Insular management and lack of responsibility are hurting big firms around the world
General Motors CEO Mary Barra may have summed it up best when she described former U.S. Attorney Anton Valukas’ 325-page report on the company’s ignition-switch problems, which resulted in numerous deaths and millions of recalled vehicles, as “extremely thorough,” “brutally tough” and “deeply troubling.” It was all three and then some. But the report also illuminates a systemic problem in most big corporations as well as governments–insular management or, in the parlance of gurus, information silos.
Valukas found that GM didn’t fix its ignition-switch issues quickly or correctly because the company’s many departments and employees literally weren’t communicating with one another. The engineers who were looking into reports of cars’ stalling while moving didn’t know that engineers elsewhere in the company had designed air bags that would not deploy when cars were technically off. That meant engineers made different decisions about fixing the switch problems–decisions that ultimately led to over a dozen deaths.
But it was GM’s culture, in which silence and buck-passing were raised to a Kafkaesque art form, that kept these silos in place. Valukas’ report brings to light a number of tics that were unique to GM. There was the “GM nod,” for instance, in which everyone nods with respect to a certain course of action before leaving a meeting and then does nothing at all. And there was the “GM salute,” firmly crossed arms pointing outward toward others, signaling a steadfast refusal to take personal responsibility.
The problems of information not being readily shared and personal responsibility not being assumed are old ones. “Napoleon wanted to create a military without silos,” says Ranjay Gulati, a Harvard Business School professor who has spent 15 years studying silos. “Adam Smith spoke about the problem of labor silos. Events like 9/11 could have been prevented if there had been more sharing of information across organizational divisions.” Indeed, many of the biggest corporate debacles in recent years have been linked to information silos. The Rana Plaza disaster in Bangladesh, in which more than 1,100 garment workers were killed when a poorly built factory collapsed, was due in part to the fact that major Western retail brands didn’t know who their suppliers were or what they were doing.
Big, complex companies are typically structured so that decisionmaking is separated according to function, geography and product. That naturally creates silos. Indeed, McKinsey research shows that the most globalized firms pay an economic price for this. Examples of silos in blue-chip firms abound: Sony once had two separate divisions working on creating the same electrical plug without anyone realizing it. (It’s not just old-school companies that are at fault. I was once offered a job at a well-known tech firm where I would run around talking to C-suite executives about what they were doing and report back to other top people in the organization.)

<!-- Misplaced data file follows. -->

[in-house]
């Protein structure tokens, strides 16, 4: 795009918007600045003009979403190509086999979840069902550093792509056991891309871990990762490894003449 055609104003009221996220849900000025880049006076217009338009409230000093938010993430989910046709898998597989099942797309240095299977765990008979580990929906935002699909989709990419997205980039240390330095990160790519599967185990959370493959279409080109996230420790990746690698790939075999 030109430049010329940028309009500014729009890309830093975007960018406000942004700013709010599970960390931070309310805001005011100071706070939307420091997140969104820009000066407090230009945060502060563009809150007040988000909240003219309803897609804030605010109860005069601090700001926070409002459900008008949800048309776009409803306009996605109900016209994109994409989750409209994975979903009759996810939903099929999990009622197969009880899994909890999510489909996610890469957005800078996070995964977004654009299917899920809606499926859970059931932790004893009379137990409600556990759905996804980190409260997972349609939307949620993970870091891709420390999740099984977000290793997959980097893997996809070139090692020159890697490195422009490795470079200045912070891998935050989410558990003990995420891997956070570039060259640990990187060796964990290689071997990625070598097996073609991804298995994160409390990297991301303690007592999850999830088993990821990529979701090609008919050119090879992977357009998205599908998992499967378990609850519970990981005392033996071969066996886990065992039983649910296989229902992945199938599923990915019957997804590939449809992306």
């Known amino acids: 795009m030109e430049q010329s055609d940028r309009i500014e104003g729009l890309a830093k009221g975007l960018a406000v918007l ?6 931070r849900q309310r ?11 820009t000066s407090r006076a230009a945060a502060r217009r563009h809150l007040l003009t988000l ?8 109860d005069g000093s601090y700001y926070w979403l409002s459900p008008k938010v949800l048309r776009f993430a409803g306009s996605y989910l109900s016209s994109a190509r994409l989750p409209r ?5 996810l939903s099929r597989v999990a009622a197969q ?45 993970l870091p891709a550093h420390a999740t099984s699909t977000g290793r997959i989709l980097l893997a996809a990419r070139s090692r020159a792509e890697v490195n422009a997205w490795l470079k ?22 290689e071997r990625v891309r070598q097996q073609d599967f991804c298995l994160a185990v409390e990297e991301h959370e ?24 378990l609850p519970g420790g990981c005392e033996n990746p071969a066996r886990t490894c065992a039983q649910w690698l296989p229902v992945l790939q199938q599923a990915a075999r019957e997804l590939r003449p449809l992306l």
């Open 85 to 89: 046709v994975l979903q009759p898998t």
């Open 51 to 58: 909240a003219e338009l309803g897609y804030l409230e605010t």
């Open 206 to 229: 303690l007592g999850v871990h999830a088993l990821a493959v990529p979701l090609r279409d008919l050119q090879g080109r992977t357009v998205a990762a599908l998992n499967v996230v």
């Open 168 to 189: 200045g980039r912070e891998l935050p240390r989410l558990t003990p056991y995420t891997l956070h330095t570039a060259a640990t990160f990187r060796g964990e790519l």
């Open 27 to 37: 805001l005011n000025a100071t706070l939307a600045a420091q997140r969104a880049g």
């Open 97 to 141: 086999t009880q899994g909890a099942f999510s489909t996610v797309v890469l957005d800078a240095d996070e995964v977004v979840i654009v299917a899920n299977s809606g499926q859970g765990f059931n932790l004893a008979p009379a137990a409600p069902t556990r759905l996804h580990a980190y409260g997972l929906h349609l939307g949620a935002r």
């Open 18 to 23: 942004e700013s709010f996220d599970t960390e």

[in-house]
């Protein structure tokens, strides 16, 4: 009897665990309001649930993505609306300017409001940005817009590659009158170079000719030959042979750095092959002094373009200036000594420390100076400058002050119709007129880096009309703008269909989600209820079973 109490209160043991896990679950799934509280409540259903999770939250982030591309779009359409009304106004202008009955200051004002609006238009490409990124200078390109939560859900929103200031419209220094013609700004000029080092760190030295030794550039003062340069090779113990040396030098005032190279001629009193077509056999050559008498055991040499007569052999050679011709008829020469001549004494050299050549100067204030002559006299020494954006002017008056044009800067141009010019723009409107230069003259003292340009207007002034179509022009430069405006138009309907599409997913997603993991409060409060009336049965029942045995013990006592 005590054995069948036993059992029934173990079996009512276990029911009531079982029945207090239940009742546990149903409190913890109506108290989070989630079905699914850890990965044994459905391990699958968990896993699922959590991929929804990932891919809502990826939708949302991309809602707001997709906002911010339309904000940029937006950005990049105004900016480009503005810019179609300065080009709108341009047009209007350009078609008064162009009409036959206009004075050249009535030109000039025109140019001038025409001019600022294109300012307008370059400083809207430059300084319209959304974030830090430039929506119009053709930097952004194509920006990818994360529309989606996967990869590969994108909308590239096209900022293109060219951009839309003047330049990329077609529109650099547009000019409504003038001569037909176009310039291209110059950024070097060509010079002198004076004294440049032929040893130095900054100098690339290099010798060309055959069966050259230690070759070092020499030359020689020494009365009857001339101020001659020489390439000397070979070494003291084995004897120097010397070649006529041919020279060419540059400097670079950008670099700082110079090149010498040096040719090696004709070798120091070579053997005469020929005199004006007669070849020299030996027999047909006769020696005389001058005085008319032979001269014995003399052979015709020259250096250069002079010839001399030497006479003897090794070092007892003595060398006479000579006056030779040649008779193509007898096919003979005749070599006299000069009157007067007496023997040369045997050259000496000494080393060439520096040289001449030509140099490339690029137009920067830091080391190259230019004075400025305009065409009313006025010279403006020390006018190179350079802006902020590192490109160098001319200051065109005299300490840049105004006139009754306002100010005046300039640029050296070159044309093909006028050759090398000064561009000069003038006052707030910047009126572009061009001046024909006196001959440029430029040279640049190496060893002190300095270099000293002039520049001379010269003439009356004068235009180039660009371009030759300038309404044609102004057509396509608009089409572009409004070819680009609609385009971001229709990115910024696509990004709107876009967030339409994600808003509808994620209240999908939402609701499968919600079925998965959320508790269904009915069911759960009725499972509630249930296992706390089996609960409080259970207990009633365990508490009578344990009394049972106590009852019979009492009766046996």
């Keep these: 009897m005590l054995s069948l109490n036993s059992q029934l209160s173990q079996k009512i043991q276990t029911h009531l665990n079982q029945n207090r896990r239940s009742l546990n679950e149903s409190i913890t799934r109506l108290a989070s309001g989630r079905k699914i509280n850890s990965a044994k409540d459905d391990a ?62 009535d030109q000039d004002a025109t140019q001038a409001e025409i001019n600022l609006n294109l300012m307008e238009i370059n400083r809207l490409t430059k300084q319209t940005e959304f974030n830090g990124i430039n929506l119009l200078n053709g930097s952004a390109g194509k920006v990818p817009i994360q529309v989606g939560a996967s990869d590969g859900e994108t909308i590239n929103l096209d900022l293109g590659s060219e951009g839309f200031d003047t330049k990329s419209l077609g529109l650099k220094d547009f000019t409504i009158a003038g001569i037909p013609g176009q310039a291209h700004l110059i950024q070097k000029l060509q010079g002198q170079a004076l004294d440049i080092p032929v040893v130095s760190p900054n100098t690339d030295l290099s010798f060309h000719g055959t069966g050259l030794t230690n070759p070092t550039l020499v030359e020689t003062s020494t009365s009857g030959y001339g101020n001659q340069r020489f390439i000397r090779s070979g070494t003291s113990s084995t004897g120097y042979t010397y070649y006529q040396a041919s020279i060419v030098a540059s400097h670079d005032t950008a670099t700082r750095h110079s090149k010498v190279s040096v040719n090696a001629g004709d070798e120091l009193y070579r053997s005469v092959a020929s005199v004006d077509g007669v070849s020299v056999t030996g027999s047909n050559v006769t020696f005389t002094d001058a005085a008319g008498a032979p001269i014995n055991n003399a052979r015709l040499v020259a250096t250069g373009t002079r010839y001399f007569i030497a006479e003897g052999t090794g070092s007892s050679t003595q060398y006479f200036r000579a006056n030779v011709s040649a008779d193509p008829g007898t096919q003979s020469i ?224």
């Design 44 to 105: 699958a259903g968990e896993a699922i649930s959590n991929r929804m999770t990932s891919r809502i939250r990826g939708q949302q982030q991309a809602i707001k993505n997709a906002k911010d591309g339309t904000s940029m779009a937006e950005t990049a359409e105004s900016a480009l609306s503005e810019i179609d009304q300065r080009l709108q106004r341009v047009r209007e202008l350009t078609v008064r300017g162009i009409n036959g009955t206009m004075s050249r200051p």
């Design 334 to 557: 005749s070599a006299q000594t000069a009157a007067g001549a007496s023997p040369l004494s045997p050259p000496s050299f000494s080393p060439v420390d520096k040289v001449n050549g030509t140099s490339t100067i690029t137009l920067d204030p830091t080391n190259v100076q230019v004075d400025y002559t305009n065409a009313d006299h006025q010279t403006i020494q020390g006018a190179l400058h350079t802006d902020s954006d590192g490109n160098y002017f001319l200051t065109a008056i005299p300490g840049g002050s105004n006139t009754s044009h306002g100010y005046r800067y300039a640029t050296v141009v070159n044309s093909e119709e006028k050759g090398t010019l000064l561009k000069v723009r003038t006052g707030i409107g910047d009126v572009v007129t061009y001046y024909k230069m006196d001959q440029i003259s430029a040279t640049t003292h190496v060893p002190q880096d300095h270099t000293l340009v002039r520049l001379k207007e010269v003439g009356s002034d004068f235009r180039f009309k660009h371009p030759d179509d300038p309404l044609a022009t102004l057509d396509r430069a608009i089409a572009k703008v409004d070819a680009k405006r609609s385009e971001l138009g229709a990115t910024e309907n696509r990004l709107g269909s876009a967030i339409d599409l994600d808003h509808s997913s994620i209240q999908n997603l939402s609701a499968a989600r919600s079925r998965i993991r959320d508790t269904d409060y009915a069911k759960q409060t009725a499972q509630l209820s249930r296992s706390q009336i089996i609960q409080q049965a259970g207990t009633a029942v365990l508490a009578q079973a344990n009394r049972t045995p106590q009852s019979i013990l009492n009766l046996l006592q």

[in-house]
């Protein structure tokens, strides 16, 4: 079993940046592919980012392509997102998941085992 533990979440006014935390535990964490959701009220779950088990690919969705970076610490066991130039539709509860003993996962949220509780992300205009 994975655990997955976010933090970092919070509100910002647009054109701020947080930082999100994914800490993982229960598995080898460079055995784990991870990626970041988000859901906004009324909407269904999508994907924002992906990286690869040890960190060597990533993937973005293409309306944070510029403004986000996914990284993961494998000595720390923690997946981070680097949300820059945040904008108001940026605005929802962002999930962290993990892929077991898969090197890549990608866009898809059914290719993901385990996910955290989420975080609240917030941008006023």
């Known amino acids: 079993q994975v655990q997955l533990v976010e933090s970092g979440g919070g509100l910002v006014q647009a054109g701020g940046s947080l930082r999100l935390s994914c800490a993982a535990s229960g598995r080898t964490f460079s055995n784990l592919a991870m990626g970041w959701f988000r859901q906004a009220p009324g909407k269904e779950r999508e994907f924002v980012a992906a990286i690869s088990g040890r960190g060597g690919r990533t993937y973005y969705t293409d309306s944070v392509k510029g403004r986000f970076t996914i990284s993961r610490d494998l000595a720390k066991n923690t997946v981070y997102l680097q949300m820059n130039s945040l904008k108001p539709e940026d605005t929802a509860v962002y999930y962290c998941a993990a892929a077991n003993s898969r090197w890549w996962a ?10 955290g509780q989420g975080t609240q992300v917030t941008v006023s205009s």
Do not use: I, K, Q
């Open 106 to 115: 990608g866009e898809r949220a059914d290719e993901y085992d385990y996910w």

So-called silo busting is already a hot topic in academic circles. Economists, for instance, are trying to do a better job of predicting market movements by calling on experts in areas like biology, psychology and the humanities. Major brain-science initiatives now routinely bring together researchers across many fields to share data. But in big corporations, silos are a problem that is becoming only more pressing as the world becomes more interconnected.
How can companies bust silos? according to Gulati, the best way is to create a set of core values or a core mission that everyone in the firm understands. A good example of this is IBM’s decision, under previous CEO Sam Palmisano, to create a safer and healthier society via its Smarter Planet initiative. That goal, says Gulati, helped facilitate cooperation across divisions. It’s also important for firms to consider issues from the point of view of customers rather than insiders. Consider longtime Cisco CEO John Chambers, who famously was 30 minutes late to his first board meeting because he felt it was more important to take a call from an irate customer than to meet the people who’d be deciding his salary. Another way to bring down silos: hire outsiders. Research shows that women and minorities often communicate better across divisions.
On that score, Barra is perhaps better placed than most to solve her company’s problems. During her announcement about the report, she set a communal goal for GM–”to set a new industry standard in safety”–and told employees to email her personally if they felt customers’ safety was ever in doubt. Silo busting starts at the top, and if Barra does it at GM, it could set an example for all large institutions.